May 26 marks 20 years since a tugboat hauling two barges slammed into the Interstate 40 (I-40) bridge over the Arkansas River.
The bridge collapse and the nearby town of Webbers Falls were the focus of international news coverage over that Memorial Day weekend.
The towboat Robert Y. Love slammed into Pier 3 of the Interstate 40 bridge, just downstream of Webbers Falls at 7:45 in the morning. 500 feet of the bridge came crashing on to the barges below.
The captain that day was Joe Dedmon. A National Transportation Safety Board report shows he lost consciousness, possibly because of an abnormal heart rhythm, while he was piloting the ship. It is estimated Dedmon was unconscious for several minutes.
When Dedmon woke up, he said he remembered seeing a vehicle plunging off the edge of the broken bridge and sounding an alarm.
It is hard to find video from May 26, 2002, without seeing a silver Dodge Dakota that did not go off the edge. Max and Goldie Alley were in that truck.
In an interview just a month before she died, Goldie Alley told Dave Davis she and her husband were on their way to Arkoma when the bridge collapsed in front of them.
"He was supposed to preach,” Alley said. “Hey, we didn’t make it."
Despite a broken back, broken rib and punctured lung between them, Max survived and preached regularly for another ten years. Goldie passed away in October 2021.
"We stood there and watched the traffic go in that water,” Alley recalled. “And I said, 'We’ve got to do something.'” She remembers Max saying, “Goldie, we can pray."
The NTSB determined 11 vehicles with 19 people inside went off the bridge. 14 people died, most of them drowned.
In his decades of service in the Navy, as the current Verdigris police chief and as a firefighter in Muskogee, Jack Shackelford said he has still never seen anything like the bridge disaster.
20 years later, Shackelford remembers the smallest details from those days he spent on the scene. Someone he could never forget is the youngest victim, 3-year-old Shea Johnson.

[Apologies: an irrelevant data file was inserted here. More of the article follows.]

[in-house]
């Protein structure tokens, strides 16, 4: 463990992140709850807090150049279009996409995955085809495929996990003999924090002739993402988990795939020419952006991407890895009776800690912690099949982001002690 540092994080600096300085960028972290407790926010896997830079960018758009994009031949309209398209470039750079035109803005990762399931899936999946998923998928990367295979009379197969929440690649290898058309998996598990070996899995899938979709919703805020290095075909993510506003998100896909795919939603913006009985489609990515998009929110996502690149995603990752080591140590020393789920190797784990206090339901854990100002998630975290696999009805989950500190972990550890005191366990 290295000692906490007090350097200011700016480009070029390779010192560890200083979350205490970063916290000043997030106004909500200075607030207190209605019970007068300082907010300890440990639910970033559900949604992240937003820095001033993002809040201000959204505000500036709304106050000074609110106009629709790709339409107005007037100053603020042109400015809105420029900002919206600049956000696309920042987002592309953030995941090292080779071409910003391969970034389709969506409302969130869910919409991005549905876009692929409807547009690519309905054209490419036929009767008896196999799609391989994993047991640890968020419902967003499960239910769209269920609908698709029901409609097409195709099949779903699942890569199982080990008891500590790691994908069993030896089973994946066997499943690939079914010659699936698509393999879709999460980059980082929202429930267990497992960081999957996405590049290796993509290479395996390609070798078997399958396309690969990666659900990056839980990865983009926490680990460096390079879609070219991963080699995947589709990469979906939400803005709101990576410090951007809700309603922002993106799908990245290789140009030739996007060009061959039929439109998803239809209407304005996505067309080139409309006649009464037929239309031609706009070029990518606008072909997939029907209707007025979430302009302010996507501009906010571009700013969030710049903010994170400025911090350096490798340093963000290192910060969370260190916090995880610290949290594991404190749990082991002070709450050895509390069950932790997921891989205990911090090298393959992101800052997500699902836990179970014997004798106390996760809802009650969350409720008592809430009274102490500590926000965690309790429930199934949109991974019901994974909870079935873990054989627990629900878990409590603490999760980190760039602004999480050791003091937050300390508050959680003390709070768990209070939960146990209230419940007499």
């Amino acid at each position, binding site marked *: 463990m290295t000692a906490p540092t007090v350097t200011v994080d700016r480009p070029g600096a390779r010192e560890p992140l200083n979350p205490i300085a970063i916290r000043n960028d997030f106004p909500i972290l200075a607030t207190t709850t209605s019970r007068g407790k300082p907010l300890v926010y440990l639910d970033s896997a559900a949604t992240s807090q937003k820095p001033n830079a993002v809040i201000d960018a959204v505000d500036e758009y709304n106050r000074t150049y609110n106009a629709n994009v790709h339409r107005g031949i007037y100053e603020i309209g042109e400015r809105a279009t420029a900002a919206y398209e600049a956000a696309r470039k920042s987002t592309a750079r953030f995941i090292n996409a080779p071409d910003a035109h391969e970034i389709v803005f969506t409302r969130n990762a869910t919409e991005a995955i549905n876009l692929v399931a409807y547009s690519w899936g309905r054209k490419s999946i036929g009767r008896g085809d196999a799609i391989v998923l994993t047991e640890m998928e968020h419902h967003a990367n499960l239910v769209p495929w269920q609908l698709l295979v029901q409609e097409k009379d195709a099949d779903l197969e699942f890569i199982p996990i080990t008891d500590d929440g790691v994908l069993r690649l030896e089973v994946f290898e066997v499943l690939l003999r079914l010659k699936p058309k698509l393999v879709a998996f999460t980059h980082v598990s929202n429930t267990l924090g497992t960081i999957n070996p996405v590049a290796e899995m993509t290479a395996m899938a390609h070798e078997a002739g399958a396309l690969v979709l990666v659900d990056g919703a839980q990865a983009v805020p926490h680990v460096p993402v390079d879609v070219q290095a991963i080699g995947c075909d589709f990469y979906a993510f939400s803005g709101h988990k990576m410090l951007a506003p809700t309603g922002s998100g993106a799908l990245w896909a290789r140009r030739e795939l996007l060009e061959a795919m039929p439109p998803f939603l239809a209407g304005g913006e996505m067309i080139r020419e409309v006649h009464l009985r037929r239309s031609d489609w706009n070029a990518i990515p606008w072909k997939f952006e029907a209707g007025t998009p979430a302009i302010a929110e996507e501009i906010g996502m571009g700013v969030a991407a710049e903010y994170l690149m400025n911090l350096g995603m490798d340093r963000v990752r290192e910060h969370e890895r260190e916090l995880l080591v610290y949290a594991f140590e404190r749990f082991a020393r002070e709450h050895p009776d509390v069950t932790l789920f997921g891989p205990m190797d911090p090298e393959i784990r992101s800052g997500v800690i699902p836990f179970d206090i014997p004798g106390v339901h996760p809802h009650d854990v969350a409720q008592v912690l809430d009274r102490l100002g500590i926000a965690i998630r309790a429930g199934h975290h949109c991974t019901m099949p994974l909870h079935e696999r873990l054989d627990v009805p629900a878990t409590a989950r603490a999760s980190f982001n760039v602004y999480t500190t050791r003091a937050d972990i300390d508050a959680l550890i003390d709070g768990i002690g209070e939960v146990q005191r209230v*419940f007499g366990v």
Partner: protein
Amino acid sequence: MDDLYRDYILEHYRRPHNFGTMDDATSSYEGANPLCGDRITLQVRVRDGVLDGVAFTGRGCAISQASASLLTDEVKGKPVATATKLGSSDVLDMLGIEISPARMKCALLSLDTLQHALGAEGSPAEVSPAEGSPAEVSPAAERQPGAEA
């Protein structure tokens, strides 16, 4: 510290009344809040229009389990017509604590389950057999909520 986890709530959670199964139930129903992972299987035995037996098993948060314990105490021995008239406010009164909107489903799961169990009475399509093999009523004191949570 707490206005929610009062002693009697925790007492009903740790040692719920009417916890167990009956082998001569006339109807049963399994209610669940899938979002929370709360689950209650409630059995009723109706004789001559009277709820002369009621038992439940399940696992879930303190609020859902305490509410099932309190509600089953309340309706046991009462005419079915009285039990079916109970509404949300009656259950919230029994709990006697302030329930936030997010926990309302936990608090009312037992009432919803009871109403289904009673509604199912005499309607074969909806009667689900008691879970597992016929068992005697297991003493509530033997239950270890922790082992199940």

"I actually picked her up off the airboat and put her in the body bag and carried her up to where they had a temporary morgue set up," Shackleford said. "It was pretty hard. It was hard because I had a daughter at that time that was about 3 years old and it kind of hit home"
Jewell Horne-Hall was Webbers Falls' Mayor in 2002. She lobbied for funding for a memorial and still organizes annual reunions. She said when disasters happen, the town looks to a higher power.
"We have God with us,” Horne-Hall said. “He's with us and He strengthens us for whatever comes our way."
No one was ever charged with a crime for the I-40 bridge collapse. There were lawsuits which were settled.
Some still are not sure if justice has been served.
"It’s really hard for me to say because I really don’t understand why it happened or how it happened, Horne-Hall said. “We had this barge traffic going through here and never had anything like this."
"How can you put a price on people’s lives?” Shackelford asked. “An accident’s an accident. Being in this business, you deal with accidents all the time."
Before she died, Goldie Alley would tell anyone who asked about how she believed God saved her and her husband that day. The terrifying ordeal taught her a lesson that she carried with her until the end.
"You better pray before that happens,” said Alley. “That happened so fast, your life changes... like, so fast."